Impact of §7702 change – A lower §7702 rate (for example, 2% rather than 3%) means higher allowable cash value for each dollar of death benefit, which translates into a lower net amount of mortality risk to the carrier (the difference between the total death benefit and total cash value).  In layman's terms, products with lower 7702 rates will have less death benefit for every dollar of premium — but as you can see in the following chart, a lower death benefit for whole life limited payment policies does not automatically translate into a corresponding cash value competitive advantage.


TABLE ONE - Policy Values Based on current Dividend Scale and no Policy Loans  

The comparisons in Table One demonstrate how guaranteed cash values grow more quickly in the early years, but over time it is the non-guaranteed dividends that truly drive the economic engine that makes whole life a viable financial product.  And because of the §7702 rate changes that reduce the required guarantees, dividends buying paid-up additions can become an even greater percentage of the total cash value and death benefit.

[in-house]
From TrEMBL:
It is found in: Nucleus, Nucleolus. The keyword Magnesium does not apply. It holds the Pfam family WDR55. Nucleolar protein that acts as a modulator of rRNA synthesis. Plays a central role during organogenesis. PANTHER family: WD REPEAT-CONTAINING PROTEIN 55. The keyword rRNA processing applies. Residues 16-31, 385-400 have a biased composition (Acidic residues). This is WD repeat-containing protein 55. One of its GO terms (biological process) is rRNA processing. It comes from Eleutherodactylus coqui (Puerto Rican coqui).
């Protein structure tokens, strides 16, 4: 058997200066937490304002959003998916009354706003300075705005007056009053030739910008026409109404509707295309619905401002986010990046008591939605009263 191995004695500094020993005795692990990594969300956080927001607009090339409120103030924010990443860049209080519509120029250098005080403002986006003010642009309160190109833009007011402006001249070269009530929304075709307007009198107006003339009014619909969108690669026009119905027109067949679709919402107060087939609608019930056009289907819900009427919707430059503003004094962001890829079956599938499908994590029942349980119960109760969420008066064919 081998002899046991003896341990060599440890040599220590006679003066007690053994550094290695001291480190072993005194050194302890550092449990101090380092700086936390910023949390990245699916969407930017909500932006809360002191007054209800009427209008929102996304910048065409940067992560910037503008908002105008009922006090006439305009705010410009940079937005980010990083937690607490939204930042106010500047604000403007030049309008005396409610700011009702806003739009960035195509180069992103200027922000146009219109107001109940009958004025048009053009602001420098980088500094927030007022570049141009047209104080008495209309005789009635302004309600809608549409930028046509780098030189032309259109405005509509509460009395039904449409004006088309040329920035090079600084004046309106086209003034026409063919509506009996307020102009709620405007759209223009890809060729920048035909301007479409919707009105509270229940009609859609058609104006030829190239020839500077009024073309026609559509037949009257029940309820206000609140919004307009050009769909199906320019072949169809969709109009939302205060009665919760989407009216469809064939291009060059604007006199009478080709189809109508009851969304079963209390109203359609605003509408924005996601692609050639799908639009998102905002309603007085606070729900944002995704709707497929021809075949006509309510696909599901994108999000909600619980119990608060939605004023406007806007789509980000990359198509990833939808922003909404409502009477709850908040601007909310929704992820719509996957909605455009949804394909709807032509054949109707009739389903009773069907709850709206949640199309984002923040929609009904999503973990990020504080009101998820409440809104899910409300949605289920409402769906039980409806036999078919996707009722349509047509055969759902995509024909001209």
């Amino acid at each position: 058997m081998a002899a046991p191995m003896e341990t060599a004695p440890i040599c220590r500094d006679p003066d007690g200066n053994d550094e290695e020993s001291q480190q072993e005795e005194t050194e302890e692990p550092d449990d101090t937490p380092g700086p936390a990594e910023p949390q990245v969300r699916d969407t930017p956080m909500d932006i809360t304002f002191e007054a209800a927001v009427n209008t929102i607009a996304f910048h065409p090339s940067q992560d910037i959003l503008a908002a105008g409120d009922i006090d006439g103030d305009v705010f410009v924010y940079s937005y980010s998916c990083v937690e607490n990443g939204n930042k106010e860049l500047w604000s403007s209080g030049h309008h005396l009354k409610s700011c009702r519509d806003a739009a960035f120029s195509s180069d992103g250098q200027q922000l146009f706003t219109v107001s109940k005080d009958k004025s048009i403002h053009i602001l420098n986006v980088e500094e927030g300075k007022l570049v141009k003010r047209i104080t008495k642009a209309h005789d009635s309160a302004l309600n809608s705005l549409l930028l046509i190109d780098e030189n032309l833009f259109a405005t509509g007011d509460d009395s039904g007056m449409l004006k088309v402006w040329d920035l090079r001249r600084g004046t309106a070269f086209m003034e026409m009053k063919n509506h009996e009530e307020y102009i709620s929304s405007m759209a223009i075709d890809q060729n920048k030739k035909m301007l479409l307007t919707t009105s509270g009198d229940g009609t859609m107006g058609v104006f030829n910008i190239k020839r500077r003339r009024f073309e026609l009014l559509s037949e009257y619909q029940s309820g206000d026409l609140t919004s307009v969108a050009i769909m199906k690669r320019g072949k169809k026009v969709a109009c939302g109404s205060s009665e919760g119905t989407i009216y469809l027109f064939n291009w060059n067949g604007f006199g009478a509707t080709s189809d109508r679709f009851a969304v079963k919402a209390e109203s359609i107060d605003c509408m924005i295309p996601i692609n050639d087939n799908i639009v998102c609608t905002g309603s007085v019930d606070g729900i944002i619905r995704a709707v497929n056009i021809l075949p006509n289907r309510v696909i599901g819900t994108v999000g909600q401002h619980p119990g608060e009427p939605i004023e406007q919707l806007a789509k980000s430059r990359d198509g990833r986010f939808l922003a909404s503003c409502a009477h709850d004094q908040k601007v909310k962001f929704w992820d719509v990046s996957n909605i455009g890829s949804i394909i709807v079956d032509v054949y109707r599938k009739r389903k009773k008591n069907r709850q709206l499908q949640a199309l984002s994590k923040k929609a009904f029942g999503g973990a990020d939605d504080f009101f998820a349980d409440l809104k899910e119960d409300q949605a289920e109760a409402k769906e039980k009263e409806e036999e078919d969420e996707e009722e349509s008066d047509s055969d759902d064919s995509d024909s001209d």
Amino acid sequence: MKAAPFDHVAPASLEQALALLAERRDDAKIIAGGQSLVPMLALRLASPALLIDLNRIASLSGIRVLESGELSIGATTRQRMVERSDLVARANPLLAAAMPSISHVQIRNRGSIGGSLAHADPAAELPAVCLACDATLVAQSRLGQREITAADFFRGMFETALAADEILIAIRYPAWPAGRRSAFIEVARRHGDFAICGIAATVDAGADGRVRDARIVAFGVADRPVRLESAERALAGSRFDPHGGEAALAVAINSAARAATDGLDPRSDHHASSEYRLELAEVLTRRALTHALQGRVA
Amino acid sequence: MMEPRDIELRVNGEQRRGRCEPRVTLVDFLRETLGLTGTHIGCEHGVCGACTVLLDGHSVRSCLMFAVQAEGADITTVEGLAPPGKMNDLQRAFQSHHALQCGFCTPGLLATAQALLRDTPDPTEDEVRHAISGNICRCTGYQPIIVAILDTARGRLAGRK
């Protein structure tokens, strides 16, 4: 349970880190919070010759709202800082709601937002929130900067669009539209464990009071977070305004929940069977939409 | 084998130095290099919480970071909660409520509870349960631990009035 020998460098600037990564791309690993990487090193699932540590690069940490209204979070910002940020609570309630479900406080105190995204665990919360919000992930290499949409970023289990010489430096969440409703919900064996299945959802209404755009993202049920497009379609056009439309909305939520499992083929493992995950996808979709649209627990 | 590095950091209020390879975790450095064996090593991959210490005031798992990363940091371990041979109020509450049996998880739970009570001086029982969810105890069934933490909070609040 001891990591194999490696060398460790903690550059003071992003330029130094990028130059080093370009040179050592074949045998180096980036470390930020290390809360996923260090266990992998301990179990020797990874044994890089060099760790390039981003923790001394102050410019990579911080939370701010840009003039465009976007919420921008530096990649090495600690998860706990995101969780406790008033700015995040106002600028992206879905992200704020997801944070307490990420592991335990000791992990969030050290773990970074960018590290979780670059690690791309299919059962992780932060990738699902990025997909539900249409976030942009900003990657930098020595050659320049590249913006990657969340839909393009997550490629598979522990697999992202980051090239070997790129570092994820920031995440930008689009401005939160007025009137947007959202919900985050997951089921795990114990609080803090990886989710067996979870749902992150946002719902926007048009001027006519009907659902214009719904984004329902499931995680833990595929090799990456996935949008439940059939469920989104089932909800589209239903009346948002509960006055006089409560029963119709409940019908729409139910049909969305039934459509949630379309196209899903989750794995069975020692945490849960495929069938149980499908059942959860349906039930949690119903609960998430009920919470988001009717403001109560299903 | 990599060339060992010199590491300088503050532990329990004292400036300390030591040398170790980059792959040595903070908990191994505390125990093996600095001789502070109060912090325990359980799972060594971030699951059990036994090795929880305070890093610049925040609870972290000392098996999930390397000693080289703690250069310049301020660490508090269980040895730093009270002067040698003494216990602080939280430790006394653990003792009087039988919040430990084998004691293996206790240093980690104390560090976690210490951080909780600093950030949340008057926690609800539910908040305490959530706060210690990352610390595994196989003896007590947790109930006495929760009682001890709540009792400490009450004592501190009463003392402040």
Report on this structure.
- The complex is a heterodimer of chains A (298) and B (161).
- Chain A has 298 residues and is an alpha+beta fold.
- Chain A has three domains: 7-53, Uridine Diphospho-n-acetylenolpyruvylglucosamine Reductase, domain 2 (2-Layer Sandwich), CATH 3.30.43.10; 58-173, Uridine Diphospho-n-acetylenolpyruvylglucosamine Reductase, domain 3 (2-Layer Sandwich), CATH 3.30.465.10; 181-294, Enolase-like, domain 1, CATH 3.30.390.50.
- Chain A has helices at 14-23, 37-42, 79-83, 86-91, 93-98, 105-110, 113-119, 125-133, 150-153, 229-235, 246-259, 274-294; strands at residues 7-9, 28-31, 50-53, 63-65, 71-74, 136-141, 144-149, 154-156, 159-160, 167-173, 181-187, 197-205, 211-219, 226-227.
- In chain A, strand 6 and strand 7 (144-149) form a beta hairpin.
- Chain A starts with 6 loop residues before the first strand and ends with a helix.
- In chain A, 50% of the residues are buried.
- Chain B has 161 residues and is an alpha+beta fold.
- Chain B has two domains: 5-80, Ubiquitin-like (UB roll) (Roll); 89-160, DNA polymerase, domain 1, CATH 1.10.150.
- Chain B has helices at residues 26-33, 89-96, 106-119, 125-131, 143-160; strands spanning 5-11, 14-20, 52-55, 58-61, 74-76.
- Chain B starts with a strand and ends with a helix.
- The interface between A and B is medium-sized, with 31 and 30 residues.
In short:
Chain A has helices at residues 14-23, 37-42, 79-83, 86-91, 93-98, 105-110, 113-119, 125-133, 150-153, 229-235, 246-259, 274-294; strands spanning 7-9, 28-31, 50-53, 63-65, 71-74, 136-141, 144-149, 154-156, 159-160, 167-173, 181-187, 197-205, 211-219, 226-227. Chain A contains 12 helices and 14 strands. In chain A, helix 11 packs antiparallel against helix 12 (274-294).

These comparisons make it clear that an advisor reviewing a carrier illustration that is focused on cash value and future policy distributions needs to assess the likelihood that the policy will perform as illustrated. That means reviewing the impact of the non-guaranteed elements, dividends and policy loan rates, on said future distributions.

As a rule, just like qualified plans, the longer the money can remain in the plan, growing in a tax advantaged envelope, the more money will be available for ultimate distribution.  In the following example, the illustration software solved for the maximum level distributions based on a 15-year accumulation period, followed by 10 years of distributions, making sure that the policy stays in force until maturity.  That last part is crucial.  To make sure that the policy loans are never taxable, the outstanding policy loan must be repaid by the income tax-free death benefit.